Background Traumatic pseudoaneurysm formation related to transection of the internal carotid artery is an uncommon injury associated with skull base fractures. Rarely these aneurysms can extend through the fracture site and into the spheoid sinus. While stenting is a documented approach for addressing the vascular injuries, it is of limited use in treating aneurysms that project into the paranasal sinuses. Standard coiling is also of limited utility due to the lack of surrounding structures for support and, therefore, is prone to certain recurrence. Due to the curvature of the carotid siphon and the close proximity of the ophthalmic artery, placement of a covered stent is not feasible with current technology. The use of flow diverting devices may be beneficial but are not commercially available at this point and the long term implications are not fully understood. We present a novel method of combined endoscopic and endovascular techniques for treating these dangerous lesions.
Materials and methods A 23-year-old woman involved in a motor vehicle accident with traumatic brain injury began experiencing epistaxis 3 weeks after her injury. The ENT service felt the source to be related to the left posterior nasal septum and embolization was requested. Diagnostic cerebral angiography revealed a 5 mm pseudoaneurysm projecting from the internal carotid artery into the sphenoid sinus. The distal internal maxillary artery was unremarkable but was embolized due to continued concern for a septal source of epistaxis. The next day the aneurysm was coiled with balloon assistance with good immediate angiographic result. The patient was taken the following day to the operating room and the sphenoid sinus was endoscopically opened, packed with denuded nasal mucosa harvested from the nasal cavity and reinforced with fat and then sealed with a bone fragment. The next day the patient was loaded with Plavix and aspirin, and a Neuroform stent was placed across the injured vascular segment and aneurysm neck.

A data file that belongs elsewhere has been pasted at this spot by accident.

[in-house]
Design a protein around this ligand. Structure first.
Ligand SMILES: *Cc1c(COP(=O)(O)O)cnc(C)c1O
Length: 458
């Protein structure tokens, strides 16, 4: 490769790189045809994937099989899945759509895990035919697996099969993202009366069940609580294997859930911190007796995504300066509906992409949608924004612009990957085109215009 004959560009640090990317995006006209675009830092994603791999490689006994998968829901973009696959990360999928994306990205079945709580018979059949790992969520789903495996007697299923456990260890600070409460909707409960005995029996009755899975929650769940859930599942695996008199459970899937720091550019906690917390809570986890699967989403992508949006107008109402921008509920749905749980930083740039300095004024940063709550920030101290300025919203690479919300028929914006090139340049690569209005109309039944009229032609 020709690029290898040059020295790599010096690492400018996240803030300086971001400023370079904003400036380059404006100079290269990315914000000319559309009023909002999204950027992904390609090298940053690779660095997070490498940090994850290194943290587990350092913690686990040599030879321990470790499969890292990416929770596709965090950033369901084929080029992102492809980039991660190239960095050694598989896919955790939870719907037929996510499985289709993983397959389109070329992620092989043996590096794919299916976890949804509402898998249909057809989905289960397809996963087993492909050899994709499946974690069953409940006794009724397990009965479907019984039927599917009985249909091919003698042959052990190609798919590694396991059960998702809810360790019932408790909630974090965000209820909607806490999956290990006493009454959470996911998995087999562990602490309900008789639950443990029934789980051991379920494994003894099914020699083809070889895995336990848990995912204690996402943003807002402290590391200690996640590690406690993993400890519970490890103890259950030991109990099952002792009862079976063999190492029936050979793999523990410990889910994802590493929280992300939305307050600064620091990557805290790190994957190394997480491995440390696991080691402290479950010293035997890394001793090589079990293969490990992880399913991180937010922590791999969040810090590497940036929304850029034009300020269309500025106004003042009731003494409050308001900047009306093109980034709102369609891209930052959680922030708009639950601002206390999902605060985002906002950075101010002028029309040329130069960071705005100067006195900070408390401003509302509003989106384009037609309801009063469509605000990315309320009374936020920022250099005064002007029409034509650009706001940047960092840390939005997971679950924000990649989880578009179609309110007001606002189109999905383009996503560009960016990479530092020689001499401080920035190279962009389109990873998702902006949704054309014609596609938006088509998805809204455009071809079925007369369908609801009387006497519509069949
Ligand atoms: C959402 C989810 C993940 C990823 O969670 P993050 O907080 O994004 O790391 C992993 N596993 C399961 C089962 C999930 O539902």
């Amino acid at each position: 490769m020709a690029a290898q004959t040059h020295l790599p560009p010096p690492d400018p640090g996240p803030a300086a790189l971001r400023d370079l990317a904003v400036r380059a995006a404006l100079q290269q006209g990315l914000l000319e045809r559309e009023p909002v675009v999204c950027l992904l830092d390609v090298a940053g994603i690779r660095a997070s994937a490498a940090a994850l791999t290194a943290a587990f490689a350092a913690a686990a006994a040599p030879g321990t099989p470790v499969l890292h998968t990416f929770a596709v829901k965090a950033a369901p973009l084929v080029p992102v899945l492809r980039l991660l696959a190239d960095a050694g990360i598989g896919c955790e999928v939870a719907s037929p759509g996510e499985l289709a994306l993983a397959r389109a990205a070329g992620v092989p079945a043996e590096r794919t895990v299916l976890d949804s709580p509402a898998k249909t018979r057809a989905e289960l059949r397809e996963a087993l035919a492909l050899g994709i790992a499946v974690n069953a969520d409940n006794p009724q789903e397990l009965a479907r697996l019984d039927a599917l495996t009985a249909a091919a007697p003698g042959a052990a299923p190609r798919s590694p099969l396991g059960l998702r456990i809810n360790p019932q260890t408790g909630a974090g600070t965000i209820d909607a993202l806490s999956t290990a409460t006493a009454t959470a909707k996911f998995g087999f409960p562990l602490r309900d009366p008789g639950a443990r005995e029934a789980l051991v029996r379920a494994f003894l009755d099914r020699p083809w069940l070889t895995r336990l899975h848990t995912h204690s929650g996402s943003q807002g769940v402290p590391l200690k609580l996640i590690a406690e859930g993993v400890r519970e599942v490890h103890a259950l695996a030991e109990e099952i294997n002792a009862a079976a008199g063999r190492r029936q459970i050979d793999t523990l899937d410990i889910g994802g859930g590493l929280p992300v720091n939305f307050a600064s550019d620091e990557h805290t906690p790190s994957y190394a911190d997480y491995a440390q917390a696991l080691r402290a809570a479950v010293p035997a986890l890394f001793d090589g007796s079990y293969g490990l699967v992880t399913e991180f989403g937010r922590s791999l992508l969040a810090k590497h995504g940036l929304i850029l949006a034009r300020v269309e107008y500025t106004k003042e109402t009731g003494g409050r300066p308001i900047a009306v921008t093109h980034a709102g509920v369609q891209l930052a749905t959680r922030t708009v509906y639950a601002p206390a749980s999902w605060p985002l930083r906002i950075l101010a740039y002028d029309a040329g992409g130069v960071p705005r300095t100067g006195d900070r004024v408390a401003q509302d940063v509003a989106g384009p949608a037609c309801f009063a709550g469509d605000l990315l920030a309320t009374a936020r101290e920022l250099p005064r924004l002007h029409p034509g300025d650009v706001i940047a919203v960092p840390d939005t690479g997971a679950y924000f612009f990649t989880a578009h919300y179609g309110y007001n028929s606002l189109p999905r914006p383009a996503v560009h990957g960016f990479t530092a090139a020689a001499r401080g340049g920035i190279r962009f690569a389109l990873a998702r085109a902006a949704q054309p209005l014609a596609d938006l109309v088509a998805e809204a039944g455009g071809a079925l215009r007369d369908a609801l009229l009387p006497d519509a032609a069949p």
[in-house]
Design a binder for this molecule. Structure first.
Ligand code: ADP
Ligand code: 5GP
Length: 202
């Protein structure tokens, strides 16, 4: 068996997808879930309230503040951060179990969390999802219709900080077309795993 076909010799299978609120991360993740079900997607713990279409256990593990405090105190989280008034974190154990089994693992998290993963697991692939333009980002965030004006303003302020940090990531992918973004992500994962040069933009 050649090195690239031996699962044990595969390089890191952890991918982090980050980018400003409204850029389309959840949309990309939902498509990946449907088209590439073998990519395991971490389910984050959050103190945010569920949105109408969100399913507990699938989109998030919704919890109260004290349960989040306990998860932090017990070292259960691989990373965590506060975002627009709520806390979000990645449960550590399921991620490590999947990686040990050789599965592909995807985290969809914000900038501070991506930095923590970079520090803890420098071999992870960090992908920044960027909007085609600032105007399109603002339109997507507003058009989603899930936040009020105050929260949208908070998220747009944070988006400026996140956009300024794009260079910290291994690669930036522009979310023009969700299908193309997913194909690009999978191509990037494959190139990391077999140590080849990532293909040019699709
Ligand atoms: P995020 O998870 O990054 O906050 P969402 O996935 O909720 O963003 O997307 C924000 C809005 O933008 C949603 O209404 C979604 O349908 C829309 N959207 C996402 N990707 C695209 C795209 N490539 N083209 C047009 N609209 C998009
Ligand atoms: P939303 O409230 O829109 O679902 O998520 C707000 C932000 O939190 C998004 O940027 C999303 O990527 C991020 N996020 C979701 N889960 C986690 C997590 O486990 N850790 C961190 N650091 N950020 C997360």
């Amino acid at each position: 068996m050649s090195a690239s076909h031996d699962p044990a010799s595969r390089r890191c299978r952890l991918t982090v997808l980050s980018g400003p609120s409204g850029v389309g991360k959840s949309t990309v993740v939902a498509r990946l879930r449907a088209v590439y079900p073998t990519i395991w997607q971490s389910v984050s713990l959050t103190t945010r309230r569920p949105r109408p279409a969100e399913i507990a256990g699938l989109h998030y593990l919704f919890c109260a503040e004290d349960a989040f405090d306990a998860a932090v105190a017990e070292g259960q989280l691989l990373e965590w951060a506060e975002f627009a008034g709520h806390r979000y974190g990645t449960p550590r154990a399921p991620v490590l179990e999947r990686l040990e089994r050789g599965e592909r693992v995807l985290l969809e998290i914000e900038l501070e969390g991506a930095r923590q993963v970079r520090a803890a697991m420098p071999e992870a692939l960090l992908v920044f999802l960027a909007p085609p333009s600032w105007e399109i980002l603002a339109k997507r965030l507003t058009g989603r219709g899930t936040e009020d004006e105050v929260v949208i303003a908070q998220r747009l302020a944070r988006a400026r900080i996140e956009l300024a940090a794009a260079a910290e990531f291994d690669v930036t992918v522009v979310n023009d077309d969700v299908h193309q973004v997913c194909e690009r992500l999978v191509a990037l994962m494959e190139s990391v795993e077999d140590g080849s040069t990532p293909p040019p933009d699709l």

Results The aneurysm was angiographically well treated without residual during the initial coil procedure. There was irregularity of the carotid artery adjacent and distal to the aneurysm, likely representing further regions of injury. Surgically reinforcing the sphenoid sinus did not alter the angiographic appearance of the aneurysm. Placement of a stent across the aneurysm and adjacent areas of injury did not result in any acute angiographic changes. The patient did not suffer any adverse neurologic sequelae. Follow-up angiography is pending and will be presented if available.
Conclusion Traumatic pseudoaneurysms projecting into the paranasal sinuses can be safely and perhaps more efficaciously treated with a combined endoscopic and endovascular approach.
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Competing interests AT—Boston Scientific, NFocus, Pulsar Vascular, Biomerix; RT—Micrus, Microvention, Mindframe.
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